When I see a newborn baby, I stand in awe that cradled inside that tiny skull is nature’s most sophisticated invention. The fact that this infant, who spends most of their time asleep, will learn a language in a year or two, with absolutely no reference points or formal lessons, can only be described as ‘pure genius’.
But then through education and socialisation, that pure genius is shackled. One of the ways this happens is through the stories we tell and the myths we believe – for example, the belief that Einstein’s brain is obviously qualitatively different to us mortals.
So if my thesis is correct – that the brain of every human is a massive creativity factory – why do some people manage to develop their brain’s internal genius, while others of us chain it up? And is it possible for us to break free of these chains?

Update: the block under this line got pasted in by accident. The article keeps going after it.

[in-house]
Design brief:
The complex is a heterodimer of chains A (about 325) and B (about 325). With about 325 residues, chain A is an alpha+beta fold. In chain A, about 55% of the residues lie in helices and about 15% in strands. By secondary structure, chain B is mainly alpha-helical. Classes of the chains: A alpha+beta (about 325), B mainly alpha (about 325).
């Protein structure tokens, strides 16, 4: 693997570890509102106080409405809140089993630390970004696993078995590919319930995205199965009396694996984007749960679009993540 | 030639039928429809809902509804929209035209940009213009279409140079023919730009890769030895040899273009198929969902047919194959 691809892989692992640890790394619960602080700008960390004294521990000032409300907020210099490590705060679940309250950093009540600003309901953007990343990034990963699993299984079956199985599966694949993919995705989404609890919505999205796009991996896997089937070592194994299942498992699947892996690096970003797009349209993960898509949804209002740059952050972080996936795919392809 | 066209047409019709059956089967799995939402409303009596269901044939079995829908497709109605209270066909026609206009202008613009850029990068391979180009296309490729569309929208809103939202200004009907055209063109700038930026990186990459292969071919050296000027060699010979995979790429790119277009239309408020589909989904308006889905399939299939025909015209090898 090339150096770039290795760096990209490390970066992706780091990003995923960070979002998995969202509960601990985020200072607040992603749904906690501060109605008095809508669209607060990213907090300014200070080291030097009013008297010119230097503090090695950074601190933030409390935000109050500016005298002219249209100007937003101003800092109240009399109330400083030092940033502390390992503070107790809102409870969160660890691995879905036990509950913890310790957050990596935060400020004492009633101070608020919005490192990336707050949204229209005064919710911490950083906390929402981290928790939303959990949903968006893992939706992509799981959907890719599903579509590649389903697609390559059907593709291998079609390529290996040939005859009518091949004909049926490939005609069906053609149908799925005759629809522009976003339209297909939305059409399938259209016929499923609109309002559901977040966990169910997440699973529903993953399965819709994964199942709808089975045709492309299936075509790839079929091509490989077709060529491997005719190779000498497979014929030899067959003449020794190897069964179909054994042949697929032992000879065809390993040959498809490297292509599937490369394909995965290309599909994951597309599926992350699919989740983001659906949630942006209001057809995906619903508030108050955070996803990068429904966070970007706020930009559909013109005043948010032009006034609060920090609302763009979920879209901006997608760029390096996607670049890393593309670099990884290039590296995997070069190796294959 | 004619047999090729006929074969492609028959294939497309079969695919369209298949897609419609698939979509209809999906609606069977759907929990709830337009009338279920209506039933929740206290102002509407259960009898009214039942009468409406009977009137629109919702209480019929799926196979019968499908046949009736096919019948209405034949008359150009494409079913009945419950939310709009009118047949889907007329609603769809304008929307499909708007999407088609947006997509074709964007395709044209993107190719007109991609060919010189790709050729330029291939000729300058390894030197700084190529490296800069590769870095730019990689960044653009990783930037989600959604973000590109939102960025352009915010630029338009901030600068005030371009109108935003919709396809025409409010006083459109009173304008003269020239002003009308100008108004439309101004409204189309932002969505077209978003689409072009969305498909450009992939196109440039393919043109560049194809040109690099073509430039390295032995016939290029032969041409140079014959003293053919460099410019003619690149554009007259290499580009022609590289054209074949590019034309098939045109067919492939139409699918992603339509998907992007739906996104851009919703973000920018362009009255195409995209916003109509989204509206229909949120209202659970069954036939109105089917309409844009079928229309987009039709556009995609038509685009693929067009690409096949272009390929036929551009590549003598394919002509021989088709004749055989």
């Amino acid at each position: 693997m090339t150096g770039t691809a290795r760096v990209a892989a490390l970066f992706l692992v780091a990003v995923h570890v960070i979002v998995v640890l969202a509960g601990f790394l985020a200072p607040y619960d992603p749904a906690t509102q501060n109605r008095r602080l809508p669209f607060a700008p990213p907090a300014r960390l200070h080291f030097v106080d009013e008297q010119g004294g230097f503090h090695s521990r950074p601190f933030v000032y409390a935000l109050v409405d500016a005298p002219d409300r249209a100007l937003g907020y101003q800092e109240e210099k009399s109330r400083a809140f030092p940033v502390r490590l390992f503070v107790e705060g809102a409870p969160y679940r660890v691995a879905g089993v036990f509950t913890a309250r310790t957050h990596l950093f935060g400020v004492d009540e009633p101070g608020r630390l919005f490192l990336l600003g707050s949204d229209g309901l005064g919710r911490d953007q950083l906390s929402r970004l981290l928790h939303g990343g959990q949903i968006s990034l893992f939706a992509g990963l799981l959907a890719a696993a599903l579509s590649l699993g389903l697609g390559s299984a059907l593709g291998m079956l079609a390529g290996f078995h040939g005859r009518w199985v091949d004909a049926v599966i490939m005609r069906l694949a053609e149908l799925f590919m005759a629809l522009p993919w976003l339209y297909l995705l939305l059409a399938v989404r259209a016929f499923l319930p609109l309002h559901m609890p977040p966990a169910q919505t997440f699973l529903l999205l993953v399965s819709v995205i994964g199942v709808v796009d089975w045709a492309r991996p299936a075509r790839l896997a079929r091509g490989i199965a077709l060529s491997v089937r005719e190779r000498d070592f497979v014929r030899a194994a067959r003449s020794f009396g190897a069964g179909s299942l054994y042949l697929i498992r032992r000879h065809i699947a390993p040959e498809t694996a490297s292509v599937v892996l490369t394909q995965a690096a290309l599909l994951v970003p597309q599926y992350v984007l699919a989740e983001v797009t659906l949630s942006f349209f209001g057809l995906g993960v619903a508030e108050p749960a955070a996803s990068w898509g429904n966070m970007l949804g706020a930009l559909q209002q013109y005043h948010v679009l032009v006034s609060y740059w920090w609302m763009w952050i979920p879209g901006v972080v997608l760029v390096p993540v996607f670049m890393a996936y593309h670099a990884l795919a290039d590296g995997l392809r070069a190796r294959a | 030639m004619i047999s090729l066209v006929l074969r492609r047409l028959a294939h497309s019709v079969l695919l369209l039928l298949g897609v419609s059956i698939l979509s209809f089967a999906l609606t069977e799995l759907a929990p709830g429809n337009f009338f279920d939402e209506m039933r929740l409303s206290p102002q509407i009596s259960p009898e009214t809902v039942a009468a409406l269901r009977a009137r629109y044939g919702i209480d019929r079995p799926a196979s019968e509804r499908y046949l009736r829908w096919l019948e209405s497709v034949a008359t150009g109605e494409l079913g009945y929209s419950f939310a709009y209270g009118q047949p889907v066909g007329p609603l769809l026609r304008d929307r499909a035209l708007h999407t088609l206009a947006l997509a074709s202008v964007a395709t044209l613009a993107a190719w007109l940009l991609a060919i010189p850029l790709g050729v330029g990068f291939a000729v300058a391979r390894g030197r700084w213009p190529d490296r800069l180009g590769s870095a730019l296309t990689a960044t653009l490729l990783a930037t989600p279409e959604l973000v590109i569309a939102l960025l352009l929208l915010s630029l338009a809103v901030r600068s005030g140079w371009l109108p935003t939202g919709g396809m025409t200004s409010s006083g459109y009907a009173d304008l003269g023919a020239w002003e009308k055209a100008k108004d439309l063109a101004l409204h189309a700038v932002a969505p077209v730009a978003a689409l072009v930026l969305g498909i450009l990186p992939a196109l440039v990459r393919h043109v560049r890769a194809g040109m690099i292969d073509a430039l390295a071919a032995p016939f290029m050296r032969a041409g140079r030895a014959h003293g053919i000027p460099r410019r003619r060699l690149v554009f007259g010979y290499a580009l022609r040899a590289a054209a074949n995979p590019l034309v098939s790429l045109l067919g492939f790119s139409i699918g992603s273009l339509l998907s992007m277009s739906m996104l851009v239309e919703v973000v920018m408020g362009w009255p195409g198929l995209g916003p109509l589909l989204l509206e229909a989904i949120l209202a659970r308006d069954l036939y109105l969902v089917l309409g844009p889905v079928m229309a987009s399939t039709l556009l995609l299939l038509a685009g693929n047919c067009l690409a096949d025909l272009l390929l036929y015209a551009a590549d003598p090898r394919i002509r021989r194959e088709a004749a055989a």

I believe there are a number of possible reasons why a small number of people excel at using what nature gifted them while the masses lock it up in the basement of their brain.
1. ENVIRONMENTAL CIRCUMSTANCES
The people whom society calls ‘geniuses’ find themselves at a crossroads in history where their gifts and bents help the entire species take a giant leap forward. They are the lightening rod for a change that is ripe. Dozens of other people may have acted as the conductor. But they were in the right place at the right time – an ‘accident’ of history.